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Corporate worship is weapon against the enemy

Corporate worship is weapon against the enemy

Corporate worship is weapon against the enemy

Corporate worship is a barrier and weapon against the enemy

Numbers 23:20-21 (NIV)
I have received a command to bless; he has blessed, and I cannot change it. No misfortune is seen in Jacob, no misery observed in Israel. The Lord their God is with them; the shout of the King is among them.

Our corporate worship and praise is more than just a physical act of singing songs, or raising hands, or clapping or dancing. It is a spiritual thing, and works in ways we cannot see, but can sometimes feel. The spiritual darkness that has blinded the eyes of our communities continually resists the force of our worship because it understands and fears its strength and its source.

Today’s verse comes from the story of Balaam, who had been commissioned by Balak, king of Moab, to curse Israel. Balak knew he needed a greater edge over Israel if he was to defeat them in battle, so he tried to use spiritual warfare. The problem was, every time Balaam tried to curse Israel it came out of his mouth as a blessing. He just could not curse Israel. The reason: ‘the Lord their God is with them, the shout of the King is among them.’

There was something in Israel as a nation that resisted the spiritual curse. They weren’t praying against Balaam; in fact, they had no idea any of this was going on at the time. They were just doing life, day to day, week to week, going to work, fixing the sink, teaching the kids, making bread, feeding the livestock. The outflow of their corporate praise, their unity and sense of oneness and purpose as God’s people, brought a protection that they were completely unaware of. That’s the power of corporate worship. Praise that started in the house of God destroyed the power of the curse, and that’s still true today.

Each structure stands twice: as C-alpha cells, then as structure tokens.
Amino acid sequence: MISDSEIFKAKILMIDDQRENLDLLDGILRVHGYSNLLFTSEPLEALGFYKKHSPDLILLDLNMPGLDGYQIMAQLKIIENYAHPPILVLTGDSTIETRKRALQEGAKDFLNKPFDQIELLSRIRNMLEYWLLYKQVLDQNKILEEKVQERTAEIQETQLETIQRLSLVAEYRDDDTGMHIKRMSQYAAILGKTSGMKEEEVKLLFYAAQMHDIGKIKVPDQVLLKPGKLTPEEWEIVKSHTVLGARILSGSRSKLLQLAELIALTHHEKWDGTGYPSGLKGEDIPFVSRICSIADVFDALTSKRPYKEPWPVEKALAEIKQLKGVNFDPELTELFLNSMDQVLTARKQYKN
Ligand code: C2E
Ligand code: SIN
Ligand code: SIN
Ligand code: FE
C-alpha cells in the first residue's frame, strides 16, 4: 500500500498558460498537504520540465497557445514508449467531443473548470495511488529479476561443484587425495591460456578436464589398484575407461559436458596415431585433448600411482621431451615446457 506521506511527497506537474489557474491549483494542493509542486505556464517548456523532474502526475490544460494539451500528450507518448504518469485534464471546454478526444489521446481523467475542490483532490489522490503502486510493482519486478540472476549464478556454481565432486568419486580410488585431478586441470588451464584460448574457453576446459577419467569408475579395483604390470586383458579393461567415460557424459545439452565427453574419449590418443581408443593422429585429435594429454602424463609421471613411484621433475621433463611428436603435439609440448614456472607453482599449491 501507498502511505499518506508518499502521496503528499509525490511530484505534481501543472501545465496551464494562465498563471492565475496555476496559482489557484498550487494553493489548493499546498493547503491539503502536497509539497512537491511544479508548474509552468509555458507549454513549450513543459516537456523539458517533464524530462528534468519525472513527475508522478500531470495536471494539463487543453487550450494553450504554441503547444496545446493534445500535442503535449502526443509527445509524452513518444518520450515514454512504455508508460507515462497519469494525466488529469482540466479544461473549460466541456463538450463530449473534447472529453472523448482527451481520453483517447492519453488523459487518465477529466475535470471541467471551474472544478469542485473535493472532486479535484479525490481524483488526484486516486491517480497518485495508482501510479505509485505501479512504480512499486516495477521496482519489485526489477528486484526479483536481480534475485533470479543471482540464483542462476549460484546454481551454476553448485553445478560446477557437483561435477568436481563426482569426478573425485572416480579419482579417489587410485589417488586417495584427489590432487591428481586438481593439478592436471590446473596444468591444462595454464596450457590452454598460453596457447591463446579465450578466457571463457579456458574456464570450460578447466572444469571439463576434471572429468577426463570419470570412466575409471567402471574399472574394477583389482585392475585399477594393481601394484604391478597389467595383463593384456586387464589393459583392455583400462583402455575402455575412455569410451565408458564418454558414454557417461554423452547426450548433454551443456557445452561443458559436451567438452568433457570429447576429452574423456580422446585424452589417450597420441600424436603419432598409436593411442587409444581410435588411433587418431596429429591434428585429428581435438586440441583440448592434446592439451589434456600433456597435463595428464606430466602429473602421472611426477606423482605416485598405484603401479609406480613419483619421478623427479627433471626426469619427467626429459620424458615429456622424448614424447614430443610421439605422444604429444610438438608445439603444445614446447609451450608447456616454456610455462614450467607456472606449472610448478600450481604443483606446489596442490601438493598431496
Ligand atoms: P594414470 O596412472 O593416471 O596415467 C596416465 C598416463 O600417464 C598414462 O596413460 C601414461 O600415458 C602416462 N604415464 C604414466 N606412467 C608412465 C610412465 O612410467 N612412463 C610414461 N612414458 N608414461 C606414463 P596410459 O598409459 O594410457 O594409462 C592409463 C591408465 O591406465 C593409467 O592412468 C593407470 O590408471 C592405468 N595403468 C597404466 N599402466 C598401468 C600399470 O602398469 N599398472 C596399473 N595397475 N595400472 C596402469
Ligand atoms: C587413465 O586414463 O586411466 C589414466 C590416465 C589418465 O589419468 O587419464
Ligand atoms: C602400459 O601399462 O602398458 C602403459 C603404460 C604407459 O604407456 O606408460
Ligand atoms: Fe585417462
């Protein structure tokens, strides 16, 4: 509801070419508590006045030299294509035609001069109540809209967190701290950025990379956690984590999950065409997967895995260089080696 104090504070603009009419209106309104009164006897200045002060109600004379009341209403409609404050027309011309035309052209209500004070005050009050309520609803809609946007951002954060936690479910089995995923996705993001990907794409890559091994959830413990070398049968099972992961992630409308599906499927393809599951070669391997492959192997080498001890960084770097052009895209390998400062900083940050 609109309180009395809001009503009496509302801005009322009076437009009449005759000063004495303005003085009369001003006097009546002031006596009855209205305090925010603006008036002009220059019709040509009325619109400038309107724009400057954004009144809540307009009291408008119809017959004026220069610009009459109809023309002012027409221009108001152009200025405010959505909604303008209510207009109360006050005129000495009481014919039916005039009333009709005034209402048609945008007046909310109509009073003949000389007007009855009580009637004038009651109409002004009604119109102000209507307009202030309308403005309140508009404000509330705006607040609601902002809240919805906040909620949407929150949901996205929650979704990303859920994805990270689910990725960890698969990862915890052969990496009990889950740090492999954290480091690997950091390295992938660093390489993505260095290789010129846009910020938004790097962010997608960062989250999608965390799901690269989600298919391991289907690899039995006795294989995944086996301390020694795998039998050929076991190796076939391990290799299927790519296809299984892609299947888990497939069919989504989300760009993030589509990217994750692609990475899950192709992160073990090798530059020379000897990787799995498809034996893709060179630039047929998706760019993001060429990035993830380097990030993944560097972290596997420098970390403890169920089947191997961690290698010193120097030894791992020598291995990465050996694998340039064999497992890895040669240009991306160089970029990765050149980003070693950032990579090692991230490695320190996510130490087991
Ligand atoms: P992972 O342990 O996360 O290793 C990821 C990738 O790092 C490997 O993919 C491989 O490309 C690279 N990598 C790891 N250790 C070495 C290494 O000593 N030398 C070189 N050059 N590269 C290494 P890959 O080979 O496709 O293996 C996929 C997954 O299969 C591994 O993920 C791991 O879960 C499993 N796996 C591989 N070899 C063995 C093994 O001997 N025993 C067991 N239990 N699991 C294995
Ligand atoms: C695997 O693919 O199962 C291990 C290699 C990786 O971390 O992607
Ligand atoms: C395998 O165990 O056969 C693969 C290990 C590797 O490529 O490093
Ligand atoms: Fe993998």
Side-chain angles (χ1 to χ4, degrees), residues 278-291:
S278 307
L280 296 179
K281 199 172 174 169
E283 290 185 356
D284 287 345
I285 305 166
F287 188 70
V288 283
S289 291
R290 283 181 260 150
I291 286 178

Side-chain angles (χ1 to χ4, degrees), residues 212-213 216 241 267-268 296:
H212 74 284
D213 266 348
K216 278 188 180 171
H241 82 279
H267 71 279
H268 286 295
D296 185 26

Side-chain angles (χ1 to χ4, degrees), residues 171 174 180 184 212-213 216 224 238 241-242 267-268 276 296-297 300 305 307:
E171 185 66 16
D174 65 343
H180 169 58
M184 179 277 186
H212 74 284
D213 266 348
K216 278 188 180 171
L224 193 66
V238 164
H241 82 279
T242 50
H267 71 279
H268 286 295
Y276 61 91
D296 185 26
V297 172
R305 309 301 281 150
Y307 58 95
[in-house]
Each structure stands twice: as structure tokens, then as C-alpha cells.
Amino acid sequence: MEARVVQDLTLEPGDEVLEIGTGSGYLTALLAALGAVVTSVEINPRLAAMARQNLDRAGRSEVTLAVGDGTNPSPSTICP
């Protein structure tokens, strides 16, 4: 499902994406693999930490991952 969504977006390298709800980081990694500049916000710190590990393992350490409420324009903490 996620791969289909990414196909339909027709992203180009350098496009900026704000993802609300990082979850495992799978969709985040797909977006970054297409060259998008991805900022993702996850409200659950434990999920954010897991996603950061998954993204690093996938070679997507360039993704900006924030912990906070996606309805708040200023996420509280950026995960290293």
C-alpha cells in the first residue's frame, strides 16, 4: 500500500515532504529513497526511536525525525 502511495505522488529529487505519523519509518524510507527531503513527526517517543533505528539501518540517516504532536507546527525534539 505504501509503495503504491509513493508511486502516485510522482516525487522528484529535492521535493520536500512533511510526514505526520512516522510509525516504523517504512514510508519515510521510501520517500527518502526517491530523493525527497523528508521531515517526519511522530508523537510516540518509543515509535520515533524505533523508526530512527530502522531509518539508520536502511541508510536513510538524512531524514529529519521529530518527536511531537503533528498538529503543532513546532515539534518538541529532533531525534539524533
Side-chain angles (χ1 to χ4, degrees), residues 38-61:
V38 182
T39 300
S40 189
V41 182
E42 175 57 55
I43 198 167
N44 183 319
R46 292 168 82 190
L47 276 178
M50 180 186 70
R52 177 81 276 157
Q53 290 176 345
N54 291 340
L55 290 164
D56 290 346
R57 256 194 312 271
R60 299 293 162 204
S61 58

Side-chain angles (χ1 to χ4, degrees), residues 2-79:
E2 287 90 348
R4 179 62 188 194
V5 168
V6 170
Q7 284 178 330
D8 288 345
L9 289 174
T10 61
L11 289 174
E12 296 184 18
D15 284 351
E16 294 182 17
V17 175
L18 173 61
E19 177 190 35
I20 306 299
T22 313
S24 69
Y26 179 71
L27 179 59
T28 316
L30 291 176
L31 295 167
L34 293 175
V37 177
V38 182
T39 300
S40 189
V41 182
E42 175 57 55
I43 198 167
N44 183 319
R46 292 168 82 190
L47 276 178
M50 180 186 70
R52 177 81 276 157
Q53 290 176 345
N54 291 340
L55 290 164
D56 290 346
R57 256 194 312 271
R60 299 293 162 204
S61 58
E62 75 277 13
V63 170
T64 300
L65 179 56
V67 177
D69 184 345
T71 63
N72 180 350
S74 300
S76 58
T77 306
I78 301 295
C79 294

Loudness has been one of the most disputed issues in churches over the years, mainly because the spirit of religion that pervades much of how we worship together would seek to keep the people of God quiet as much as possible. There’s nothing wrong with quietness – there are times when it is essential so we can hear God’s voice and express depths of worship that are beyond words. But I’m not talking about individuals shouting, or wanting the freedom to be as noisy as they want (see yesterday’s devotion); I’m talking about a corporate loudness, a unified shout of praise. There is a shout waiting to be heard from us, that starts as a physical noise and becomes an incredible spiritual shout that causes strongholds to fall, prison walls to crumble, demons to flee, and God’s glorious light to shine upon our communities.

Let’s be bold with our praise when we come to meet together. Let’s not allow self-consciousness, or pride, or religious piety, to rob us or our communities from the incredible, overwhelming and life-changing presence and glory of God that He desires to pour out over His people. Be selfless, look to serve and honour others, put aside personal preference in pursuit of a united expression of worship.

Let’s let the shout be heard!

One Comment

  1. 23 November, 2015 at 10:02 pm
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    […] Matt Lockwood on corporate worship, spiritual warfare, and the need to be loud sometimes: […]

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